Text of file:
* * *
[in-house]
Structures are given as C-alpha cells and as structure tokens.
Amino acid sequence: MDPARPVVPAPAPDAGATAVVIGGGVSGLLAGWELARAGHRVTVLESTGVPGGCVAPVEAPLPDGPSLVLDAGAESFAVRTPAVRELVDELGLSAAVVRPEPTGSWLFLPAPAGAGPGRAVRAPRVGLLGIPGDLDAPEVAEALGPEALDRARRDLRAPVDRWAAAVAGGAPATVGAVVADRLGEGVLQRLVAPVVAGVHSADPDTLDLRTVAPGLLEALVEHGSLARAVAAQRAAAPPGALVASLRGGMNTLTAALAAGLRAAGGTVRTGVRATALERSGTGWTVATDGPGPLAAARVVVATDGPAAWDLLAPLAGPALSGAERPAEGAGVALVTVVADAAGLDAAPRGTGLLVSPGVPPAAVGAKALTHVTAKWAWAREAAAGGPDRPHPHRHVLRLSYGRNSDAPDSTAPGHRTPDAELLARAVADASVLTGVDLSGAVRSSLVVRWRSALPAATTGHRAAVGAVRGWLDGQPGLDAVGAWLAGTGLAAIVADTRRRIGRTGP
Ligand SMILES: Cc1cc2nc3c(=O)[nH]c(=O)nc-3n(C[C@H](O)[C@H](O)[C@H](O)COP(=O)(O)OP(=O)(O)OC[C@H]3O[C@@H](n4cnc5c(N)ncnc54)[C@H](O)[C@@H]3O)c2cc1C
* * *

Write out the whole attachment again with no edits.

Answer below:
[in-house]
Structures are given as C-alpha cells and as structure tokens.
Amino acid sequence: MDPARPVVPAPAPDAGATAVVIGGGVSGLLAGWELARAGHRVTVLESTGVPGGCVAPVEAPLPDGPSLVLDAGAESFAVRTPAVRELVDELGLSAAVVRPEPTGSWLFLPAPAGAGPGRAVRAPRVGLLGIPGDLDAPEVAEALGPEALDRARRDLRAPVDRWAAAVAGGAPATVGAVVADRLGEGVLQRLVAPVVAGVHSADPDTLDLRTVAPGLLEALVEHGSLARAVAAQRAAAPPGALVASLRGGMNTLTAALAAGLRAAGGTVRTGVRATALERSGTGWTVATDGPGPLAAARVVVATDGPAAWDLLAPLAGPALSGAERPAEGAGVALVTVVADAAGLDAAPRGTGLLVSPGVPPAAVGAKALTHVTAKWAWAREAAAGGPDRPHPHRHVLRLSYGRNSDAPDSTAPGHRTPDAELLARAVADASVLTGVDLSGAVRSSLVVRWRSALPAATTGHRAAVGAVRGWLDGQPGLDAVGAWLAGTGLAAIVADTRRRIGRTGP
Ligand SMILES: Cc1cc2nc3c(=O)[nH]c(=O)nc-3n(C[C@H](O)[C@H](O)[C@H](O)COP(=O)(O)OP(=O)(O)OC[C@H]3O[C@@H](n4cnc5c(N)ncnc54)[C@H](O)[C@@H]3O)c2cc1C